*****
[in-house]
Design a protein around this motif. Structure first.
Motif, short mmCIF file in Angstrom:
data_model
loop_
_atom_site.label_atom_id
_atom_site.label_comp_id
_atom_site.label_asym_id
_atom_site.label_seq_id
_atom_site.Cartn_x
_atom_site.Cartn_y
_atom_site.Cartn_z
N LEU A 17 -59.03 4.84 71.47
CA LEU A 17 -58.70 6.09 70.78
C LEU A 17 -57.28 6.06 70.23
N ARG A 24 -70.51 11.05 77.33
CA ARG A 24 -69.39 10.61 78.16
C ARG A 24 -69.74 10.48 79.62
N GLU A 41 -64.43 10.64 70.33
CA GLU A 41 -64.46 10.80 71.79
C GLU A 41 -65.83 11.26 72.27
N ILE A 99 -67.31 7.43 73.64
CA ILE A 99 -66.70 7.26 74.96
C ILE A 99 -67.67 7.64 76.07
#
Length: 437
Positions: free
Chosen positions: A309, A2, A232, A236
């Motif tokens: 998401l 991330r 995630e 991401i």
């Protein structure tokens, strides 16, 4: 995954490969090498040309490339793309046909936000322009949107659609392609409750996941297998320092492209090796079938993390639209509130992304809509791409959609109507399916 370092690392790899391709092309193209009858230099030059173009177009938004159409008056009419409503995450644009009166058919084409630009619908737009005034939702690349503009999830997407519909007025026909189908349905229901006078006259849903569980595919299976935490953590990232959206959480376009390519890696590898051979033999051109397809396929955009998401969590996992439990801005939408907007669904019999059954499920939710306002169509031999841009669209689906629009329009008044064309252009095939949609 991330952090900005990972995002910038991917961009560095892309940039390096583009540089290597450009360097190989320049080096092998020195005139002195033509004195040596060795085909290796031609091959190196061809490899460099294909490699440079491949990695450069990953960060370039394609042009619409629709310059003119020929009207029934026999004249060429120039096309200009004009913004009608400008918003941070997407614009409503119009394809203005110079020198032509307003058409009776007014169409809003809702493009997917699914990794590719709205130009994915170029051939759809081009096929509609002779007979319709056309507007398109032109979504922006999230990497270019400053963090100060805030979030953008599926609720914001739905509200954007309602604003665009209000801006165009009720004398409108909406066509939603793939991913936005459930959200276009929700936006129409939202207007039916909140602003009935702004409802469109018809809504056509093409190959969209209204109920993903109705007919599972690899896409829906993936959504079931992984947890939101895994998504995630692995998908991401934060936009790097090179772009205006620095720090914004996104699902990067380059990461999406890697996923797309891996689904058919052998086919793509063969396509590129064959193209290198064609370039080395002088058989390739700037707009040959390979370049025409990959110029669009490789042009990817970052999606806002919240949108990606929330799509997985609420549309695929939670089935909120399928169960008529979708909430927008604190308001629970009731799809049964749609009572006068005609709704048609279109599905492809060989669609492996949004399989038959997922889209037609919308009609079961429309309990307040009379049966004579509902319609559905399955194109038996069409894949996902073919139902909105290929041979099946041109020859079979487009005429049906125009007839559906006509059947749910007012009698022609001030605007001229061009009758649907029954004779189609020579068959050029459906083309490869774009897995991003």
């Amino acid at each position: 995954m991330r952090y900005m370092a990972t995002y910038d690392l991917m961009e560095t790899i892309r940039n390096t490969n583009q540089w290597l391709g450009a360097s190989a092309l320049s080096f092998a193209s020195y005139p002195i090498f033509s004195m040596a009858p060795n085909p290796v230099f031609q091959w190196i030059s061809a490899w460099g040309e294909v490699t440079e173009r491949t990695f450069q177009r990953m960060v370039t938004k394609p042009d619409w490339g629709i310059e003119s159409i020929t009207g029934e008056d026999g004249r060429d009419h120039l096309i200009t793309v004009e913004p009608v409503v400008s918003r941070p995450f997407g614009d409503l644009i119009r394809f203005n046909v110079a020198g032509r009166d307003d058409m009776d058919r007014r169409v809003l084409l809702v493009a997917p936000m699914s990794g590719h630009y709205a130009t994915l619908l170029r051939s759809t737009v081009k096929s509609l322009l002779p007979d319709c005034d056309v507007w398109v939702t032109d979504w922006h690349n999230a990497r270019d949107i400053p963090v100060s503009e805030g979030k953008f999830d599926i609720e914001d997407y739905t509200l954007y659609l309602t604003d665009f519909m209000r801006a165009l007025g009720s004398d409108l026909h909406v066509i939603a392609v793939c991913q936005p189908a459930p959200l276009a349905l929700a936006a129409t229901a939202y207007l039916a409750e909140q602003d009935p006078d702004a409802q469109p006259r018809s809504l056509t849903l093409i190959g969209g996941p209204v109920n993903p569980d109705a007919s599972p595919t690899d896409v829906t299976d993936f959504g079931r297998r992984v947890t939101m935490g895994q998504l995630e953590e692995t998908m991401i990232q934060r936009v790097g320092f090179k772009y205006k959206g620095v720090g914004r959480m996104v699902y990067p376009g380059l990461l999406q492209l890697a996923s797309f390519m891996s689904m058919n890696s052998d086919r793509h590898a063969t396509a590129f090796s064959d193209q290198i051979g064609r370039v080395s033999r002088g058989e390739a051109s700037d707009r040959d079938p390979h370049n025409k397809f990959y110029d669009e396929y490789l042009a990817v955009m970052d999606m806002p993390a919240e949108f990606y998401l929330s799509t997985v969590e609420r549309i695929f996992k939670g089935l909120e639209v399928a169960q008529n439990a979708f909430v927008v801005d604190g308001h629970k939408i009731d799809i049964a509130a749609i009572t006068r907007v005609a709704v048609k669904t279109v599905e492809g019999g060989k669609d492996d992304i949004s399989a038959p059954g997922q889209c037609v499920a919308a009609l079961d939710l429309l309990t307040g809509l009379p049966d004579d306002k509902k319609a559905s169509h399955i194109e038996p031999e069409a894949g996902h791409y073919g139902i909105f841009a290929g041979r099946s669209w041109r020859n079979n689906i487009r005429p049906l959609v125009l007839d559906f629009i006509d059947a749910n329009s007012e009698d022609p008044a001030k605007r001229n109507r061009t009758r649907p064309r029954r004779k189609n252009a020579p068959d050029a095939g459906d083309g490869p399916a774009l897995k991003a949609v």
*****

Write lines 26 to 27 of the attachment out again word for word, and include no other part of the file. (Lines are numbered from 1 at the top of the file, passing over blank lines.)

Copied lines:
Length: 437
Positions: free